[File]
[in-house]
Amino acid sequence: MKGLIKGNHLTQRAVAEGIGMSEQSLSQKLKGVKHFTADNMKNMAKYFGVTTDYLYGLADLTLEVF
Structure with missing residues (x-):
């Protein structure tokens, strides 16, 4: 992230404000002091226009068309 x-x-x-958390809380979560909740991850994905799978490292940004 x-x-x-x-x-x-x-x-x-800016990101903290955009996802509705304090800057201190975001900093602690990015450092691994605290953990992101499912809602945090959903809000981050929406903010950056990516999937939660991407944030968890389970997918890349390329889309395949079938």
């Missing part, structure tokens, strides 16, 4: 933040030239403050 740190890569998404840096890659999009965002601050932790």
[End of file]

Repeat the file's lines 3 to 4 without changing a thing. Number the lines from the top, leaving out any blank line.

Structure with missing residues (x-):
């Protein structure tokens, strides 16, 4: 992230404000002091226009068309 x-x-x-958390809380979560909740991850994905799978490292940004 x-x-x-x-x-x-x-x-x-800016990101903290955009996802509705304090800057201190975001900093602690990015450092691994605290953990992101499912809602945090959903809000981050929406903010950056990516999937939660991407944030968890389970997918890349390329889309395949079938």